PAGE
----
Many meat processors have embraced the opportunity to maximize use of inputs and ensure the highest level of food safety during production by integrating critical software capabilities to leverage real-time actionable knowledge and provide insight and analytics for enhanced control, consistency and cost savings.
Stubbornly tight labor markets make the use of process controls and fully integrated operations management software systems increasingly necessary.
If a processor can automate a task and eliminate that workload from an employee to free that employee up to do something more productive, it doesn’t take long to pay for a lot of automation, Andrew Lorenz, CEO of We R Food Safety!, said during the 2022 Food Safety Report: Tips to Navigate the Challenges Ahead webinar.
Processors that have automated or those looking to do so are finding supply chain issues affecting availability of chips and other necessary tech components, Lorenz said.
“A lot of things that we can use to automate like remote probes and things of that nature – we can’t get the chips, we can’t get the boards, can’t get the antennas,” he said. “A lot of times we’re using wired technology versus wireless just because we can’t get the wireless antenna.”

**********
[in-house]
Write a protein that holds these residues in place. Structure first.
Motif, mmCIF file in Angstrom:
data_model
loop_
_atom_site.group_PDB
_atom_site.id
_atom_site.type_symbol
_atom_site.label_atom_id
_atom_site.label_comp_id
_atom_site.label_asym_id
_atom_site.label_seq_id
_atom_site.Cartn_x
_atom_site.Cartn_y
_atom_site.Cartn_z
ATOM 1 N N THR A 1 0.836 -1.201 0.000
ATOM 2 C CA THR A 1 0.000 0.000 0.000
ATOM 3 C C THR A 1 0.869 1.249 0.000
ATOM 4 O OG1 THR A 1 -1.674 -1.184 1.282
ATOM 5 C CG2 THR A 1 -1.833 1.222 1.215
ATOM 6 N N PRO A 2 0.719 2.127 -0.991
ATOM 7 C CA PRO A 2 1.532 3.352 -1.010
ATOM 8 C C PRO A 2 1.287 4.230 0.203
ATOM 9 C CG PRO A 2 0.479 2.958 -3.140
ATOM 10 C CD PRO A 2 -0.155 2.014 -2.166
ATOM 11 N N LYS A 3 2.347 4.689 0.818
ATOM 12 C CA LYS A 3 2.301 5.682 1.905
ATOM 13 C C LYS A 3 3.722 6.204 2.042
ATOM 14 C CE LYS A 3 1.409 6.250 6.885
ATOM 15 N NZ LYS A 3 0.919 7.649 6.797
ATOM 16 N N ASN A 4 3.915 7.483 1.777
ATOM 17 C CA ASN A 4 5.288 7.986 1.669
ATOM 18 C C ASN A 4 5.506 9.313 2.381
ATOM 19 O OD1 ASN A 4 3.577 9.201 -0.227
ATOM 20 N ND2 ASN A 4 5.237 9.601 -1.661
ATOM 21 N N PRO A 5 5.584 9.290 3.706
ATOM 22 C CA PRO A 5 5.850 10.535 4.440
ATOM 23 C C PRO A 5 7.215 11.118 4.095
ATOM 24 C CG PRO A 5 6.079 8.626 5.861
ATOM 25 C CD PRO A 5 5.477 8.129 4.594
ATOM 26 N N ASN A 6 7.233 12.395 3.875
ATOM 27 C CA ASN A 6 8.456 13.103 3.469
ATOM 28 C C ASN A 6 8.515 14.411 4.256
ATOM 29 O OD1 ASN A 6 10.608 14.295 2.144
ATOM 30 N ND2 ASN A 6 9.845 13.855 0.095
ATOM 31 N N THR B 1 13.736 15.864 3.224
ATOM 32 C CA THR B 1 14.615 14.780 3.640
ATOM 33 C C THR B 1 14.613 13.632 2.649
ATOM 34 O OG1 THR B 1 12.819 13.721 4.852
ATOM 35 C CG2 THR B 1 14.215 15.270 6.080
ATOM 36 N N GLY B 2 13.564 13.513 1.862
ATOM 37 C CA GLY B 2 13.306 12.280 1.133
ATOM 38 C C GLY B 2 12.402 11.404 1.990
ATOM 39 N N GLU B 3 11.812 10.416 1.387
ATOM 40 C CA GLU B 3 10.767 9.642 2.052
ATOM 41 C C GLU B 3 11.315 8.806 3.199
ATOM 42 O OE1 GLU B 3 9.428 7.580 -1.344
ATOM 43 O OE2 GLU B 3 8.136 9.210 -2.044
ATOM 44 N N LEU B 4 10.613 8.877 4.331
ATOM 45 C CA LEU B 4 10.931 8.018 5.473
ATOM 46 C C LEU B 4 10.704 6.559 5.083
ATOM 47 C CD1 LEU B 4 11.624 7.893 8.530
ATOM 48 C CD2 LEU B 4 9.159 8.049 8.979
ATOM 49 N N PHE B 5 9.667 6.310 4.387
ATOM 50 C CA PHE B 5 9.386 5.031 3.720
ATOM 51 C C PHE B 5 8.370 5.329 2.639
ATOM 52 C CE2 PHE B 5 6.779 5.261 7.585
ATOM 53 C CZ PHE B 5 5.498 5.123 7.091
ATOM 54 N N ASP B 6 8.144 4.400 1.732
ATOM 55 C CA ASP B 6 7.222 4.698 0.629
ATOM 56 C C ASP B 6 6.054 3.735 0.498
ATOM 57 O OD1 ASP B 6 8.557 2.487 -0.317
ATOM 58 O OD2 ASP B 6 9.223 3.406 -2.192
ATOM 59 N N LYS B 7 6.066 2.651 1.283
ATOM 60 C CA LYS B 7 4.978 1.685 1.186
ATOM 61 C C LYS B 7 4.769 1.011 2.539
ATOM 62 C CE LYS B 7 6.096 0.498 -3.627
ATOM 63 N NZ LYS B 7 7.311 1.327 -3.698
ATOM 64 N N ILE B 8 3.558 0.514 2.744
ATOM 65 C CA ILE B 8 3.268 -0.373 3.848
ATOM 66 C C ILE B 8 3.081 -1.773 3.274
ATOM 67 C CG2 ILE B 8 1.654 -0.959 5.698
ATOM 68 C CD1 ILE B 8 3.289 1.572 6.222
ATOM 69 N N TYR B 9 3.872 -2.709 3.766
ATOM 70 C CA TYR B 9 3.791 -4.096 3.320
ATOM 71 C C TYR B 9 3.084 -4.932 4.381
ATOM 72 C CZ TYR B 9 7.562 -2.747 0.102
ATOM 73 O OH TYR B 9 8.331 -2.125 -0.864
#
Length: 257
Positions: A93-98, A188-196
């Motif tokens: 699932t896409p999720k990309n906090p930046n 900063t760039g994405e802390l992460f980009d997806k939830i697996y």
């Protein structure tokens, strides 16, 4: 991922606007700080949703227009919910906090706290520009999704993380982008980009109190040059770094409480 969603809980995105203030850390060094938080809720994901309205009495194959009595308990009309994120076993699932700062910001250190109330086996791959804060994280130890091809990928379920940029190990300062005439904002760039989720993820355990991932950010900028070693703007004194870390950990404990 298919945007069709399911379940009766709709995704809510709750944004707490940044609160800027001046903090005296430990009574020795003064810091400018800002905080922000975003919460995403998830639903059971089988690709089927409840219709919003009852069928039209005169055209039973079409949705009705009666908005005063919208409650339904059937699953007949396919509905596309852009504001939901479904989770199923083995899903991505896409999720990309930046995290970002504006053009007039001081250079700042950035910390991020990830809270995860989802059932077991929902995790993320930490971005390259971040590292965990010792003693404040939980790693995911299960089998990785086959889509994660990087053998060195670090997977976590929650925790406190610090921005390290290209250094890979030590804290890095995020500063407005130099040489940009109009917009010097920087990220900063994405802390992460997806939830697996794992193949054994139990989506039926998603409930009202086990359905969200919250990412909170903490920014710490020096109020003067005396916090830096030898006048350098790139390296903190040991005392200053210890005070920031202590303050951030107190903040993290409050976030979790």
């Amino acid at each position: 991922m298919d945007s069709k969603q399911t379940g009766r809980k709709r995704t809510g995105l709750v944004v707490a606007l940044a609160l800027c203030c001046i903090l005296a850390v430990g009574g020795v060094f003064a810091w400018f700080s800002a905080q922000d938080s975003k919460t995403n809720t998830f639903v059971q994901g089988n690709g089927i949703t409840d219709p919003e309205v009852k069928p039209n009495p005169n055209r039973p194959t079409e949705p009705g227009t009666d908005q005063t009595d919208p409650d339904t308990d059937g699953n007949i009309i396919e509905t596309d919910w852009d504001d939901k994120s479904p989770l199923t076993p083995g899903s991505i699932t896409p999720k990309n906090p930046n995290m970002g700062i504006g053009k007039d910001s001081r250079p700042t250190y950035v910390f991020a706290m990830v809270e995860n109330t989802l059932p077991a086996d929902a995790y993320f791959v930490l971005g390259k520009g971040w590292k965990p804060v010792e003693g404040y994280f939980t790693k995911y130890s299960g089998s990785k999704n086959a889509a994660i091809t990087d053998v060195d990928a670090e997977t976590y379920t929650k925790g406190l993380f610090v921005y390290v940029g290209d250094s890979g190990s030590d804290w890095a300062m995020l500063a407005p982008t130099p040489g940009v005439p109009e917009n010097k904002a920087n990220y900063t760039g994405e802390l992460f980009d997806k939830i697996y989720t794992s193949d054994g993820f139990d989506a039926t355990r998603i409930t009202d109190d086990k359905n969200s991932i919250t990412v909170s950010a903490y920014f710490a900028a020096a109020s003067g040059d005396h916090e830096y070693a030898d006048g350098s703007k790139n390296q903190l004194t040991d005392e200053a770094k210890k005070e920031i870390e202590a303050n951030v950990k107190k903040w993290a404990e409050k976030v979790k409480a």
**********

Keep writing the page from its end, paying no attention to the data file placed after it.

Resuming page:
He advised that processing operations should have a backup supply from a different vendor or a different model.
“When you’re looking to automate, make sure you have a supply chain,” he said. “I’ll say that 10 times. Make sure you’re supply chain is solid.”
Even more important than securing an operation’s supply chain is securing plant data.
The trend toward processors embracing integrated software systems and access to operation-wide shared data has led to issues with hacking, Lorenz said.
“We’re seeing an immediate split from that model,” he said.
More companies are now “stove-piping” data in the different production phases, requiring new ways of allowing access to data, he said.
“There’s ways to manage that risk by creating firewalls between different pieces of software, but it’s definitely a departure from where we were aiming to be even three years ago,” Lorenz said. “If you’re buying software systems, my advice is look at what they will work with, what they’ll integrate with and how flexible they are. And how secure they are”
“The day of total integration is gone,” he said.
Processors must resolve cybersecurity issues that can affect labor and hiring, such as whether to allow employees remote access to monitor operations, said Tom Egan vice president of Industry Services for PMMI, the Association for Packaging and Processing Technologies.
If a hacker wants to break in and steal your temperatures it’s not a big deal, but if they can break into a piece of software and get into your finance system and drain your bank that’s a whole other story, Lorenz said.